The mercury in tuna story was the number one most emailed story that day, so people are taking notice. This follows on a recent report of high mercury levels in swordfish.
But wait. There's a controversy brewing. The New York Times, that bastion of high standards, now stands accused of egregious misconduct by the National Fisheries Institute, the people who bring you fish. NFI is a trade association that helps seafood venders sell more seafood. Who do we expect to be more objective and less biased here, the NY Times or the NFI?
The NFI is coming out firing both barrels at the Times. According ot their press release, "NFI will be demanding an explanation from Times editors for how these basic breaches in the newspaper’s own standards could have occurred and will also be requesting a formal correction on specific errors."
Judge for yourself...here's what was wrong with the story, according to the NFI (excerpts only)
- There is little if any acknowledgment or explanation of the widely accepted benefits associated with eating seafood...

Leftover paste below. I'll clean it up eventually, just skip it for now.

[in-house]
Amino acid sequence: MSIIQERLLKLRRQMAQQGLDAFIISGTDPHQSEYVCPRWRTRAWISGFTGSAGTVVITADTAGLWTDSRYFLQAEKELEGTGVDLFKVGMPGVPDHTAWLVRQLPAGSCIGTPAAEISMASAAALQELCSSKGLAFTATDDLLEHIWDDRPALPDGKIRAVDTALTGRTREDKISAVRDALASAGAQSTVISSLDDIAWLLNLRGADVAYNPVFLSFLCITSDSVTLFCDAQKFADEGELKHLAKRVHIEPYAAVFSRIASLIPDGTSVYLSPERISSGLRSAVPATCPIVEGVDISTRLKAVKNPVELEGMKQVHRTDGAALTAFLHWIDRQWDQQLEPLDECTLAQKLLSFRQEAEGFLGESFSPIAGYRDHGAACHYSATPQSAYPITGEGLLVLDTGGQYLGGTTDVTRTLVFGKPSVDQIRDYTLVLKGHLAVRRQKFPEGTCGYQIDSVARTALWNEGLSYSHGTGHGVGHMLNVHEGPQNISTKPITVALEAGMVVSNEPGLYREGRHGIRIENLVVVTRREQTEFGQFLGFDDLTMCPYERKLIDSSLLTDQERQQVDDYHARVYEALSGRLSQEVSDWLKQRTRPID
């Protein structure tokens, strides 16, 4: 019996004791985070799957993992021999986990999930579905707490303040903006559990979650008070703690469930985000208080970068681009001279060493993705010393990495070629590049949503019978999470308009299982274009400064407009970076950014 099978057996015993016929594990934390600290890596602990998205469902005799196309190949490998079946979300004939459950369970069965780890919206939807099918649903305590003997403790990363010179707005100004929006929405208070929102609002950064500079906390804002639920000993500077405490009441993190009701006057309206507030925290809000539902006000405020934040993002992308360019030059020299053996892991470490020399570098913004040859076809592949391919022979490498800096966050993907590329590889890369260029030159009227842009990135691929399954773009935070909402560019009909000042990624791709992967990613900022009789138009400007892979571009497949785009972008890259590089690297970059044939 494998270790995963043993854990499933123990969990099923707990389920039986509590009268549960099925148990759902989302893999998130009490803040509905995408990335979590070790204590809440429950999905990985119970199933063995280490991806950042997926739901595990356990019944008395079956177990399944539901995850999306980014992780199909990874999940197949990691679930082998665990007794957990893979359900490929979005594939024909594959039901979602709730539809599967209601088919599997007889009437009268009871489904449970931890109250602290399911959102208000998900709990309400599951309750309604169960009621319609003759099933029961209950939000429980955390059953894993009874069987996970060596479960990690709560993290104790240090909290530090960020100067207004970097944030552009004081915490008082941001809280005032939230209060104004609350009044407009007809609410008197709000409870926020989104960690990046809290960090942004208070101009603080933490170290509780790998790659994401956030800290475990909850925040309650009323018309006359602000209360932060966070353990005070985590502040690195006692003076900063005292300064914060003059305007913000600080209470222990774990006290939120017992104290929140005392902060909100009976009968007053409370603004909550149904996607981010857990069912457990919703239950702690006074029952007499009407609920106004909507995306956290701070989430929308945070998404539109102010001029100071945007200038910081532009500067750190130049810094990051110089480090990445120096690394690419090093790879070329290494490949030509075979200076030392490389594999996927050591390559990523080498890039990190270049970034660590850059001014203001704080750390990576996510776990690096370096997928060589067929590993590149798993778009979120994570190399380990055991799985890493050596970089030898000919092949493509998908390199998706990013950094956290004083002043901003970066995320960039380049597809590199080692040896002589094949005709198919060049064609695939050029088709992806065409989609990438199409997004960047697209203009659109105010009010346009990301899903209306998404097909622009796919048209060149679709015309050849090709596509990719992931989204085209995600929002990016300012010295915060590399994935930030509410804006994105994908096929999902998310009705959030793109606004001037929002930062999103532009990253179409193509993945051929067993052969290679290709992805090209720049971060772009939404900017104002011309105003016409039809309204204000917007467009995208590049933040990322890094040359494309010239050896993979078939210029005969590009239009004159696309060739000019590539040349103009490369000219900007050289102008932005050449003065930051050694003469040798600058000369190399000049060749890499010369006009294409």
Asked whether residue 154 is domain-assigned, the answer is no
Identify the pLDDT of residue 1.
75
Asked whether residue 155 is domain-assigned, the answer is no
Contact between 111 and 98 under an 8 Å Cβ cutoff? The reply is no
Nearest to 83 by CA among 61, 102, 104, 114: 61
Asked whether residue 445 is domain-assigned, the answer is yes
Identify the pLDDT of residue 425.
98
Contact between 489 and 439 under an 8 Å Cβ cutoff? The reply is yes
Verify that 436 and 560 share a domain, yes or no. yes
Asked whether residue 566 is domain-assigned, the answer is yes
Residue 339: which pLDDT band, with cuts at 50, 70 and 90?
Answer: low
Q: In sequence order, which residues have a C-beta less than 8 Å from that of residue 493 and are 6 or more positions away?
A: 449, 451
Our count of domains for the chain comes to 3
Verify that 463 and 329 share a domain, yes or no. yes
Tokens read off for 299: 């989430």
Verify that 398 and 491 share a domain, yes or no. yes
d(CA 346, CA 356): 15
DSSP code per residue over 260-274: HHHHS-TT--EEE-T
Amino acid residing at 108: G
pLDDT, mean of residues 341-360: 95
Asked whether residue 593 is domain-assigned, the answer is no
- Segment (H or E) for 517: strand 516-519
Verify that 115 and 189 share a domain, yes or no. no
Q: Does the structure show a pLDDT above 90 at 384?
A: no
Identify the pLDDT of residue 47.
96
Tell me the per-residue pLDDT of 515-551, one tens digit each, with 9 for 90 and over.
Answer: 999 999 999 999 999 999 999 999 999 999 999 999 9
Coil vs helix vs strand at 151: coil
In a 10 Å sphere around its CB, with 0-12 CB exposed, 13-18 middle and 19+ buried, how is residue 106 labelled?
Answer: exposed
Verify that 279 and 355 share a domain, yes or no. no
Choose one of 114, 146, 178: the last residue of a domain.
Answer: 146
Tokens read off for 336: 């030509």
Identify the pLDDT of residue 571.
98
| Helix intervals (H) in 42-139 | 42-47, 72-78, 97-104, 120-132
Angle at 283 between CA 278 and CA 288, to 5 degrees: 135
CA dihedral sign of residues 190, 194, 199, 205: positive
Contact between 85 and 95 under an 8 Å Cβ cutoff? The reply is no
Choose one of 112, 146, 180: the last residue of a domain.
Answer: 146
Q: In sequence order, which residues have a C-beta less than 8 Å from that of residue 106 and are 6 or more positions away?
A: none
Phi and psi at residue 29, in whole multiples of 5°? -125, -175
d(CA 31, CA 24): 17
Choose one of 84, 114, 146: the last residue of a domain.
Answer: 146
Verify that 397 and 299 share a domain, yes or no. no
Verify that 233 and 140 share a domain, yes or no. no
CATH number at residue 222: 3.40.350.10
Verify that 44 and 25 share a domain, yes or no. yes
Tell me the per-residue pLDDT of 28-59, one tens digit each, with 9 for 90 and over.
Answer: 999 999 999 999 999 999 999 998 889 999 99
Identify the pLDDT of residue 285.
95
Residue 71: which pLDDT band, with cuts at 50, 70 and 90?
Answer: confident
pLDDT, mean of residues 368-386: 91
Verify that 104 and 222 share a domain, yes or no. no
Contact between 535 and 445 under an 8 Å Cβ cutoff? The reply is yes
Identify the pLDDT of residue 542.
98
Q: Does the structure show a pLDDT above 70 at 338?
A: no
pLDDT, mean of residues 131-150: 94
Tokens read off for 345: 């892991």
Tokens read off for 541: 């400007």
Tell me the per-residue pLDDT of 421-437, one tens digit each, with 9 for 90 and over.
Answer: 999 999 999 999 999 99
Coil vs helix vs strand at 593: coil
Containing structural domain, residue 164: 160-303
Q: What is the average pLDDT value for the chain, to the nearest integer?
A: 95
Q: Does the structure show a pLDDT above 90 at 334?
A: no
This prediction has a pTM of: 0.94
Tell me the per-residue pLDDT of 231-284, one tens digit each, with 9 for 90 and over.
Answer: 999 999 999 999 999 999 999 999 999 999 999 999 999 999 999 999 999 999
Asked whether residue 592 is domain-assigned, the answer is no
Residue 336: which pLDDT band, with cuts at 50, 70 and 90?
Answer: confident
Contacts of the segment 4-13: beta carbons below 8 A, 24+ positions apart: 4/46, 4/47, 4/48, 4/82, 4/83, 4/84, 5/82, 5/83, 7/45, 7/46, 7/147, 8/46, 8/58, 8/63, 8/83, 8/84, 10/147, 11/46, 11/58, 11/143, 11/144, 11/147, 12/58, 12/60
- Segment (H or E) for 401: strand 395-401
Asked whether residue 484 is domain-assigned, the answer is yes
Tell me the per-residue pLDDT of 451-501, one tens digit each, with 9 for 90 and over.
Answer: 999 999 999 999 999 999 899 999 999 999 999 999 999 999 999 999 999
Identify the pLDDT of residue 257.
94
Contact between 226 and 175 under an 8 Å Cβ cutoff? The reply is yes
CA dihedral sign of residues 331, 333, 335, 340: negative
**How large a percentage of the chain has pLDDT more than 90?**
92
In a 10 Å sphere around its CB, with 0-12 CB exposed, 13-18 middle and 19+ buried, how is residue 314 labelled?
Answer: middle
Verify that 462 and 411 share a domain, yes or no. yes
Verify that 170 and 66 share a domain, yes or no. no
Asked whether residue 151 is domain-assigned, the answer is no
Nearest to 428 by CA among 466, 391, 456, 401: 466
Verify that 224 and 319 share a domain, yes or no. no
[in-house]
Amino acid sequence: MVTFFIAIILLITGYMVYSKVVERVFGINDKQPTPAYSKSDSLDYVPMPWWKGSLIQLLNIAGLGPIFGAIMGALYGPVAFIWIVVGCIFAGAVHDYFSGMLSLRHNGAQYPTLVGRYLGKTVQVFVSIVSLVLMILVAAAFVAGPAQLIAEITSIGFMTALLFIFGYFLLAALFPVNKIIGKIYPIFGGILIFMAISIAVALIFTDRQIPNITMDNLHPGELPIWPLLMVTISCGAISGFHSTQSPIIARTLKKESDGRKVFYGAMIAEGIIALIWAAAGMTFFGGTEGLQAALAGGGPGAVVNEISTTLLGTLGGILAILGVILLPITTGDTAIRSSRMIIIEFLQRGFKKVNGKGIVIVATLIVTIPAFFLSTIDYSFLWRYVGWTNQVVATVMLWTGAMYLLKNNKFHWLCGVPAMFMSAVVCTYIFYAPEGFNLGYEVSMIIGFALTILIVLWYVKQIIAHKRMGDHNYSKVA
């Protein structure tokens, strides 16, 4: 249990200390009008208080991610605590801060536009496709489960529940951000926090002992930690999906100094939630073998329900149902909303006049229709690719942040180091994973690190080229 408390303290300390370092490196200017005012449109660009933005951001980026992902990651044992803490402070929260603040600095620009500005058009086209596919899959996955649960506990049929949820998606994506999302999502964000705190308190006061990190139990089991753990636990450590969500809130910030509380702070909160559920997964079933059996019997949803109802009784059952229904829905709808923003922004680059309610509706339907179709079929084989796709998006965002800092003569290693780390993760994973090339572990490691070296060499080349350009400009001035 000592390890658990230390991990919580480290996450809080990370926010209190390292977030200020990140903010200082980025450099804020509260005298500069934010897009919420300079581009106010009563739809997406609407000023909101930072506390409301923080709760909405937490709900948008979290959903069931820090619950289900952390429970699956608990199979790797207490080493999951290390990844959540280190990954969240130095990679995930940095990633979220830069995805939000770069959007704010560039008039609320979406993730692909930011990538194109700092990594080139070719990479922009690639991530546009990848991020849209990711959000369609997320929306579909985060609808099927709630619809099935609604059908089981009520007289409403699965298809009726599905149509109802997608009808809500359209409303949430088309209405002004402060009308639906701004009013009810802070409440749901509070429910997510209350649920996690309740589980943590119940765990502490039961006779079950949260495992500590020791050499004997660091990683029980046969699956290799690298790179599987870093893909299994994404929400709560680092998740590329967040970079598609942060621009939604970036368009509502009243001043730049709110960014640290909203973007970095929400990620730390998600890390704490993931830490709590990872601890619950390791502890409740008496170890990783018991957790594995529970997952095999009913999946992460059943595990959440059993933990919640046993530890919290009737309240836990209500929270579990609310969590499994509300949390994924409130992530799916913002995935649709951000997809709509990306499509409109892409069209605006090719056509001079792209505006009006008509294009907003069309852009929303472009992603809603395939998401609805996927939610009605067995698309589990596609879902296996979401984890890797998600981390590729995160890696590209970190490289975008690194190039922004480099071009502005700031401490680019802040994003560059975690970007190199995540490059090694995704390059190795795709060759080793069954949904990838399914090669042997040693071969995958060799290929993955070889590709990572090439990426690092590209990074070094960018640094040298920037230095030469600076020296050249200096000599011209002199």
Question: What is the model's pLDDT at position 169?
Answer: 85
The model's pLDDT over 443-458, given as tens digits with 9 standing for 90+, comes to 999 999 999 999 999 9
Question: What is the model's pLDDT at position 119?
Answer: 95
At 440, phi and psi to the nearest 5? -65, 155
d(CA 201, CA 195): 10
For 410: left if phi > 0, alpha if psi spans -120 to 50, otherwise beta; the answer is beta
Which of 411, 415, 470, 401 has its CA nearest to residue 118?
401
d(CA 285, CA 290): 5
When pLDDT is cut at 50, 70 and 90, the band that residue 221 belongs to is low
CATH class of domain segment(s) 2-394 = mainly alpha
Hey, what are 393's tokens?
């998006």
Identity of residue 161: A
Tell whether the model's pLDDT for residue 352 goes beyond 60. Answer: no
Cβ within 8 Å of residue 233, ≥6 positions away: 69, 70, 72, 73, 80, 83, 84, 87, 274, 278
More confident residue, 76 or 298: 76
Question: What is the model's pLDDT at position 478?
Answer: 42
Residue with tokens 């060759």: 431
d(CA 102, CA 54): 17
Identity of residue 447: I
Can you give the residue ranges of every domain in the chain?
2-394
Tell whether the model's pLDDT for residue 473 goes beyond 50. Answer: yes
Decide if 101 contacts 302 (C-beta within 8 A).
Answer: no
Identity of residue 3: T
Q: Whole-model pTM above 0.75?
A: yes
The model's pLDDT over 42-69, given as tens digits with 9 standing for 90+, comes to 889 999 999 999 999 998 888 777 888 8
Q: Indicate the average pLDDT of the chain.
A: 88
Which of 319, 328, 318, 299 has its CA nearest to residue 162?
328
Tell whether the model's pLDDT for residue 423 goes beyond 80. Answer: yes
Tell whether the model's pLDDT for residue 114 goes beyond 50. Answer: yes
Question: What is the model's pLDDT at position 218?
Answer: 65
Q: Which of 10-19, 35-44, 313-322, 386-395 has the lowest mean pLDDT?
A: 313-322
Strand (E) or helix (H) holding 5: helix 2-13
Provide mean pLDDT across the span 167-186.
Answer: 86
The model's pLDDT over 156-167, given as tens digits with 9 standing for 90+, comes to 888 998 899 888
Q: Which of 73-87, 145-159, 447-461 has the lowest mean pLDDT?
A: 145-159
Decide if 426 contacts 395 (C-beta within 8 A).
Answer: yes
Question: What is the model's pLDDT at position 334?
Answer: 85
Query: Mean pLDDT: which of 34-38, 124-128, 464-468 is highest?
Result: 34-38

- The sourcing found throughout the report is almost completely one-sided...sources consulted are (mostly) experts with clear self-interests and or (biased) activist groups
-...Burros chose to have her Sushi samples tested by Dr. Michael Gochfeld. As part of his own work Gochfeld treats patients for issues related to mercury.
-Kate Mahaffey from the EPA tells readers that a rise in blood mercury levels in this country “appears” to be related to Americans eating fish that are higher in mercury. This is pure speculation...
----Environmental Defense is a political activist group with scant expertise in the medical science of food consumption. Burros...describ(es) them disingenuously as “work[ing]…to improve human health.”
-Throughout the article there is a sensational mischaracterization of the RfD (reference dose)...
-In mentioning the levels of mercury found in the samples tested Burros fails to explain that the FDA’s “Action Level” is a calculated estimate that also includes a ten-fold safety factor.
Do the warnings matter to real people buying tuna? A follow-up story in the NY Times found customers buying the tuna sushi anyway, including at stores identified by name in the mercury article. Reactions from customers included:
“If I become iridescent from it, I become iridescent from it,” said one. “I’ll glow in the dark.” Another customer noted “You could worry about salmonella in the chicken, E. coli in the beef and pesticides in the fruit.”
Some customers were talking about reducing their tuna intake, but it didn't seem to like a big deal to many people. Tweet